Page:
Then the IMAE operand can be added to the Merit Funtion Editor:

Inputs to the operand are the surface number on which the results are evaluated (Surf), the field point from which rays are launched (Field), the size of the source (Field Size), and the type of data desired (Data).  If zeros are specified for the first three inputs, then the values given in the settings for the GIA tool when the settings box was saved will be used; otherwise those values are over-written by the inputs given in the operand. The IMAE operand can return six different values:

Data = 0: Fractional efficiency

Data = 1: Intensity X-Centroid

Data = 2: Intensity Y-Centroid

Data = 3: Intensity X-direction RMS width (i.e. X^2 intensity moment)

Data = 4: Intensity Y-direction RMS width (i.e. Y^2 intensity moment)

Data = 5: Intensity R-direction RMS width (i.e. R^2 intensity moment)

For our example, let's re-open the settings box and hit "Save" so that IMAE may be used (the settings used are shown in the above). Then add four IMAE operands to the merit function editor to calculate the fractional efficiency, intensity X- and Y-centroids, and the radial RMS width. For our example of a point source, the latter three values can be compared directly to other operands: CENX and CENY for the X- and Y-centroids and RSCE for the RMS width:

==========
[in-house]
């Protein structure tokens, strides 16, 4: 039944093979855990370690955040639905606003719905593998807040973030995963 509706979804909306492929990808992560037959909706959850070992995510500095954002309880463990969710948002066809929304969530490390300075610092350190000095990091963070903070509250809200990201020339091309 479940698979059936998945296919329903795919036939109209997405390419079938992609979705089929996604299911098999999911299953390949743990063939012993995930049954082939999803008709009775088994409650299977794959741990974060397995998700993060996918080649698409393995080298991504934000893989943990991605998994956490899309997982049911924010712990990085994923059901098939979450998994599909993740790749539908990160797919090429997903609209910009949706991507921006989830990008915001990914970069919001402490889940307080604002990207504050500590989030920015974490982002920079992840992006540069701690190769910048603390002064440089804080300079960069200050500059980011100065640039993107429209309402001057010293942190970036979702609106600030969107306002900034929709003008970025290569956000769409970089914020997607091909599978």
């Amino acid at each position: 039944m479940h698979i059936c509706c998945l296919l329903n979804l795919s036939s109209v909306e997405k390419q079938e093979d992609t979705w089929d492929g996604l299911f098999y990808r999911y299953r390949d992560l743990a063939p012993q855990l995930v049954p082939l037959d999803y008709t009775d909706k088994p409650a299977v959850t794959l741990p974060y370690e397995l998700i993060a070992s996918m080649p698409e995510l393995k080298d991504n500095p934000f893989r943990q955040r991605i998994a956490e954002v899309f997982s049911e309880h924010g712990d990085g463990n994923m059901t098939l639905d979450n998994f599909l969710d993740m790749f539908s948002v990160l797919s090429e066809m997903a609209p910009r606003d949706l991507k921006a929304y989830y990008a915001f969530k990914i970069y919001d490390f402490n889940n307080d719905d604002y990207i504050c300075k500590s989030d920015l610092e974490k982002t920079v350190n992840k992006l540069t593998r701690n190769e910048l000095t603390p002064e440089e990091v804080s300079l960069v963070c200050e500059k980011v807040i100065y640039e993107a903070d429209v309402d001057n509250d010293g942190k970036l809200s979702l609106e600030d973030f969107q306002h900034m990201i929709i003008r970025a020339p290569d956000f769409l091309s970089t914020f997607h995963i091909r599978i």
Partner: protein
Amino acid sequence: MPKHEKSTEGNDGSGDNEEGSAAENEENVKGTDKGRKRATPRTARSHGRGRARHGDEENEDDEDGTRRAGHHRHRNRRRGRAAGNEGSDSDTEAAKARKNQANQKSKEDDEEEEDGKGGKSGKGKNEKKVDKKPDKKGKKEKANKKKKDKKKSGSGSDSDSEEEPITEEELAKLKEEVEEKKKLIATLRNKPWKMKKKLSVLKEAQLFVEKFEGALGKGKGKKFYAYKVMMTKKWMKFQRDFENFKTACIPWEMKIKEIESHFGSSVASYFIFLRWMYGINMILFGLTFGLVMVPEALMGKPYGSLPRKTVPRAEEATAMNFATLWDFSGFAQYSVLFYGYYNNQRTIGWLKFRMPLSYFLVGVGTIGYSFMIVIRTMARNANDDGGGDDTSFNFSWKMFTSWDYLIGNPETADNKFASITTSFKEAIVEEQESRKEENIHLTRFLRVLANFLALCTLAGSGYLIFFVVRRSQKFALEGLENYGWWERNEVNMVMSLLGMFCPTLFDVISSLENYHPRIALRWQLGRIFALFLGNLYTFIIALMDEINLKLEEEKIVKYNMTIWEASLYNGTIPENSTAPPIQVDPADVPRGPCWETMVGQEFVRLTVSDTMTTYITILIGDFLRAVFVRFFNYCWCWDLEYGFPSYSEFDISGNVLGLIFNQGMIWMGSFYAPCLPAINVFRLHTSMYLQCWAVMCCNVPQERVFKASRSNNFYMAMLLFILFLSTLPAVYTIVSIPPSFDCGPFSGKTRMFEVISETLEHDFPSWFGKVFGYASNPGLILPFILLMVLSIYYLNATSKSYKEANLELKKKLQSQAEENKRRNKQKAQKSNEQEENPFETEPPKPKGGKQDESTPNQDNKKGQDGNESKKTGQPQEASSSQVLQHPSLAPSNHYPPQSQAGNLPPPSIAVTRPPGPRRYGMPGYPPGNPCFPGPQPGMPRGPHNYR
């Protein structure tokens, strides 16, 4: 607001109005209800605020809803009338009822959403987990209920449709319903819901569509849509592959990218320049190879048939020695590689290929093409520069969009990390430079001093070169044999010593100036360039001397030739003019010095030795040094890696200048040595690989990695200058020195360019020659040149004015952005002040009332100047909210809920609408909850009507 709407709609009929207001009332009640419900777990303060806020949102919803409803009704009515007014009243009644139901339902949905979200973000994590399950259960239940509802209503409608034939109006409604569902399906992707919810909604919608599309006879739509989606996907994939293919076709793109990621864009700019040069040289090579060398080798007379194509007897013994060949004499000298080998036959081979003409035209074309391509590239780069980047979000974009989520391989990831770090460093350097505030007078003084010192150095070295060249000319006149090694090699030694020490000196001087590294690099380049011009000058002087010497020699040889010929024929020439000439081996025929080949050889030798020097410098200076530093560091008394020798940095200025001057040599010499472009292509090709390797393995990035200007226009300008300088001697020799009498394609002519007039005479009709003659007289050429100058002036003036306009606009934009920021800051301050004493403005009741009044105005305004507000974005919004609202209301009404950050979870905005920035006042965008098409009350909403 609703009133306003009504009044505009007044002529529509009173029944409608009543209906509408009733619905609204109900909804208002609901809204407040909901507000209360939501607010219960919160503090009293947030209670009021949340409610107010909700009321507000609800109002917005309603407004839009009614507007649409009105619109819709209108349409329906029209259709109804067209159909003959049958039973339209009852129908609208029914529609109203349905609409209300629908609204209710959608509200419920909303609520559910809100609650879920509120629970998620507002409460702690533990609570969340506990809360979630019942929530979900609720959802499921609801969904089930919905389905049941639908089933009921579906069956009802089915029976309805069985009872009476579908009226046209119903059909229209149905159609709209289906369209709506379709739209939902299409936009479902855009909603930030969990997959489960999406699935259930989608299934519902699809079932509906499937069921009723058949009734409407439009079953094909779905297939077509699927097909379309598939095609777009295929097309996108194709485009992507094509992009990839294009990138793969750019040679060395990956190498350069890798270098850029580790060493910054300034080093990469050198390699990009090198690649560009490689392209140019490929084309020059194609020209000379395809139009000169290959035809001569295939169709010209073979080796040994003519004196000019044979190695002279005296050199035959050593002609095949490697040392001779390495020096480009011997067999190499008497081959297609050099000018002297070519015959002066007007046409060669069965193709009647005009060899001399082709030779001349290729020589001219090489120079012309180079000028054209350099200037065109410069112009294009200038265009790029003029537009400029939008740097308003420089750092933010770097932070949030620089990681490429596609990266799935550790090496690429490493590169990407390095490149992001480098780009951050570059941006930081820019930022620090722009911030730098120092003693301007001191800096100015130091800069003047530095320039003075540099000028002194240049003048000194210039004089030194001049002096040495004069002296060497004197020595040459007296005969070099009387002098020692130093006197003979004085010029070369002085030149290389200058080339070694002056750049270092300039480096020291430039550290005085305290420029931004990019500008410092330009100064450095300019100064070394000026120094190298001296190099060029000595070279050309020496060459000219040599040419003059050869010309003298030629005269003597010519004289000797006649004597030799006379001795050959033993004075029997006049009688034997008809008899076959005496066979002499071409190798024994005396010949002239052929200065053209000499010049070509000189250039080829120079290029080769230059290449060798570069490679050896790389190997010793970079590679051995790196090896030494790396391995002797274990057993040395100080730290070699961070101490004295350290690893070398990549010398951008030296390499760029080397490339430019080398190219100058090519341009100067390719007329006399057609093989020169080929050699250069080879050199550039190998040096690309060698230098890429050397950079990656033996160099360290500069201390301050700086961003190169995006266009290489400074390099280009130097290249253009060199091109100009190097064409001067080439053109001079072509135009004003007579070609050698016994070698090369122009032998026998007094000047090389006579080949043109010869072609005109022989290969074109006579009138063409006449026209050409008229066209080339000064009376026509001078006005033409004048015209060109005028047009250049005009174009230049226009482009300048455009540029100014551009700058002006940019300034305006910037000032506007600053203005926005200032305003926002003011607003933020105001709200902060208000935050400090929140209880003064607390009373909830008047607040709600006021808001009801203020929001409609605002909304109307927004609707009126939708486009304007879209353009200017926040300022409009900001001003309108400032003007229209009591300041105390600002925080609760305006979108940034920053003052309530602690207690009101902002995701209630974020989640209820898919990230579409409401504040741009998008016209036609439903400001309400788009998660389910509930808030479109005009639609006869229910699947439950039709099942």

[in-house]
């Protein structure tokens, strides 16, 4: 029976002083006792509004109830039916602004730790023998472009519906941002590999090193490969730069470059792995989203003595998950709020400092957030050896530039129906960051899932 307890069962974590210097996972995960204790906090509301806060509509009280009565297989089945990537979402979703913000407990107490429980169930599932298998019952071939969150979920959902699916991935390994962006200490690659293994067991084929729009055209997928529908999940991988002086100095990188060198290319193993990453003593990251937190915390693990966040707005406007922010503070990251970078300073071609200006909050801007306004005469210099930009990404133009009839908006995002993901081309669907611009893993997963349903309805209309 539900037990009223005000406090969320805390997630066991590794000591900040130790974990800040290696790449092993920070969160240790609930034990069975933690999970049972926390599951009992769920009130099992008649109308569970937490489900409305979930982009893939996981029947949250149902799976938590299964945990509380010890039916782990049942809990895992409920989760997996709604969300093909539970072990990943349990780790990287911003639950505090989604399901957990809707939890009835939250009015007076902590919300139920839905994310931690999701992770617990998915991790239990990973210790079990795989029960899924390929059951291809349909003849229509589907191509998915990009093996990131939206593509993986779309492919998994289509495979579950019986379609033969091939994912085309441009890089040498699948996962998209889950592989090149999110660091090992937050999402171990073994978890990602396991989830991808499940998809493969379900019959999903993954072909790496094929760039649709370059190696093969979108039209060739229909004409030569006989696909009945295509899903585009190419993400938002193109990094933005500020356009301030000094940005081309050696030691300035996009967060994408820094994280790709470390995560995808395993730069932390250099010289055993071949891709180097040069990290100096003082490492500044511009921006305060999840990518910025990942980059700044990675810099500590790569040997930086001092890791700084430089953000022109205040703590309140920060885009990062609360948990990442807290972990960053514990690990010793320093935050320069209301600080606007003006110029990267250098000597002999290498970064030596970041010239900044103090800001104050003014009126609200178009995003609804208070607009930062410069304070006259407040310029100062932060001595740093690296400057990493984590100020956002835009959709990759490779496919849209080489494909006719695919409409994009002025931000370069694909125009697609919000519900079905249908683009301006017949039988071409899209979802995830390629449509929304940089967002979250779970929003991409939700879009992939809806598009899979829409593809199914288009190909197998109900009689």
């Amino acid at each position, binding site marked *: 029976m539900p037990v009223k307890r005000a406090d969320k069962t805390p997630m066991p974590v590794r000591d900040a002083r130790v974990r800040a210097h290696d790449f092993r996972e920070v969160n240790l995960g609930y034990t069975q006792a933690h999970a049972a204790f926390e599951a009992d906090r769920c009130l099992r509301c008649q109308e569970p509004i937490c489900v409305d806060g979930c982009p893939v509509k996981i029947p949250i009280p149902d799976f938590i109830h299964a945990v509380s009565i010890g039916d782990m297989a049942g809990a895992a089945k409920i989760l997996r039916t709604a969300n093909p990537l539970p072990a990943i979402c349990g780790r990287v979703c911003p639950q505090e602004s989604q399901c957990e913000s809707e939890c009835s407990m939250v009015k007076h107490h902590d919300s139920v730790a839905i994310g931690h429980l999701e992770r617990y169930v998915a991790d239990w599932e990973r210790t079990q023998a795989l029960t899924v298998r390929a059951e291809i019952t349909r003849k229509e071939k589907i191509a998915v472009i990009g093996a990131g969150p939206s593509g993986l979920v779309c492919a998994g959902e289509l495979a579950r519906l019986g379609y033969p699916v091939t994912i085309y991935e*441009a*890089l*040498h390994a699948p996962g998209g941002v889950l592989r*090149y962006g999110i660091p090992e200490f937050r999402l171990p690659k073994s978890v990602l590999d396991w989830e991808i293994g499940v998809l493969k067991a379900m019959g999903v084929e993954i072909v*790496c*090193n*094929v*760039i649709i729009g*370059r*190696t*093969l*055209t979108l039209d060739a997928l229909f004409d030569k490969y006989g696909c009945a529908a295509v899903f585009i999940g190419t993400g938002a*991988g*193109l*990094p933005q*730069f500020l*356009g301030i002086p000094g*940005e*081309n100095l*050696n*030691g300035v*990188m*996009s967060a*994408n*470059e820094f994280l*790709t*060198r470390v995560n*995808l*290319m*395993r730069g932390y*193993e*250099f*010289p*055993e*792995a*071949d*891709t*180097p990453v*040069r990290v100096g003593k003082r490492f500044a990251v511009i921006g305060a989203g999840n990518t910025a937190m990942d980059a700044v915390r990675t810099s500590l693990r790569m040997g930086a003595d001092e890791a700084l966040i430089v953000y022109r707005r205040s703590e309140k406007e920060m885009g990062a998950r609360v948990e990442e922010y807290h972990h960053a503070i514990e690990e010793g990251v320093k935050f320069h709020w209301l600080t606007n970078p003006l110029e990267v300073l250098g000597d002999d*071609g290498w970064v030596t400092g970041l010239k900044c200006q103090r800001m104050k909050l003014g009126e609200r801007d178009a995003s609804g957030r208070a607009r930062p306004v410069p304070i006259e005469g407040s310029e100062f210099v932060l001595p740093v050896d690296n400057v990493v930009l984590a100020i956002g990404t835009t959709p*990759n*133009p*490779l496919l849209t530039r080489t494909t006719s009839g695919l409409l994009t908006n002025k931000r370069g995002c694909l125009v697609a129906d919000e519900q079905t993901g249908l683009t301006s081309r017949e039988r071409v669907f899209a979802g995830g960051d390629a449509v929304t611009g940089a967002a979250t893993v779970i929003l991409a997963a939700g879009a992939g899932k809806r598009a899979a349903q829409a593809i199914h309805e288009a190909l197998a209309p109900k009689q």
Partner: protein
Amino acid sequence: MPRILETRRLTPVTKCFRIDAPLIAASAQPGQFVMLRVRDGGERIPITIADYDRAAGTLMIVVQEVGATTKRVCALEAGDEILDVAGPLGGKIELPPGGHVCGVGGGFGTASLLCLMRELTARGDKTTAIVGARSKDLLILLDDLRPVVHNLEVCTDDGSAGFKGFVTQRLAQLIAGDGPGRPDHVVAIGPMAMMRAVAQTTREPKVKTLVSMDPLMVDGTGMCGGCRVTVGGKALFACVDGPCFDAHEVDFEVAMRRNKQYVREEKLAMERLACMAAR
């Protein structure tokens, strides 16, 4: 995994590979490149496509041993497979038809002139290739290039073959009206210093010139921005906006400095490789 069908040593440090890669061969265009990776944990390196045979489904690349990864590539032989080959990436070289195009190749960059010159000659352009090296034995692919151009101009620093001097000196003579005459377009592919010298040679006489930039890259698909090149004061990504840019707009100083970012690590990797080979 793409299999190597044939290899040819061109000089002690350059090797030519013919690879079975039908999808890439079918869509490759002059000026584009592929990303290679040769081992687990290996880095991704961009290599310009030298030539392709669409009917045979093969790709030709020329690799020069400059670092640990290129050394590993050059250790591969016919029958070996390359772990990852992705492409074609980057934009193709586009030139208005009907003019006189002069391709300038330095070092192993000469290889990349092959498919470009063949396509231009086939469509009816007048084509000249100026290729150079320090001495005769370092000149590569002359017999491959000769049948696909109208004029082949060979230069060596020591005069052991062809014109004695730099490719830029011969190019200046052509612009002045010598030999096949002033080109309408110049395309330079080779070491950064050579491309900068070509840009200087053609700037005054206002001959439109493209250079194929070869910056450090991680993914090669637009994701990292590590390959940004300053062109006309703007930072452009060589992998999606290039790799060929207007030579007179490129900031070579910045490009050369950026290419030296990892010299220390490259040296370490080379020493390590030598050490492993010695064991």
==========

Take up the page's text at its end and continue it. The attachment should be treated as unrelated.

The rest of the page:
The agreement is quite good, as expected. The difference between the values for the X- and Y-centroids is simply computational round-off associated with low ray sampling in the GIA calculation. Again, the nice feature of the IMAE operand is that we may now obtain results for other field points simply by changing the Field input. For example, to look at our edge field, simply set the Field input to 3:

There seems to be a discrepancy in the Y-centroids in this case. However, recall that the GIA calculation is being referenced to the chief ray at the moment. If we re-open the GIA and set the reference to Vertex:

and then hit "Save" again, and then update the merit function we find excellent agreement:

Modeling an Extended Source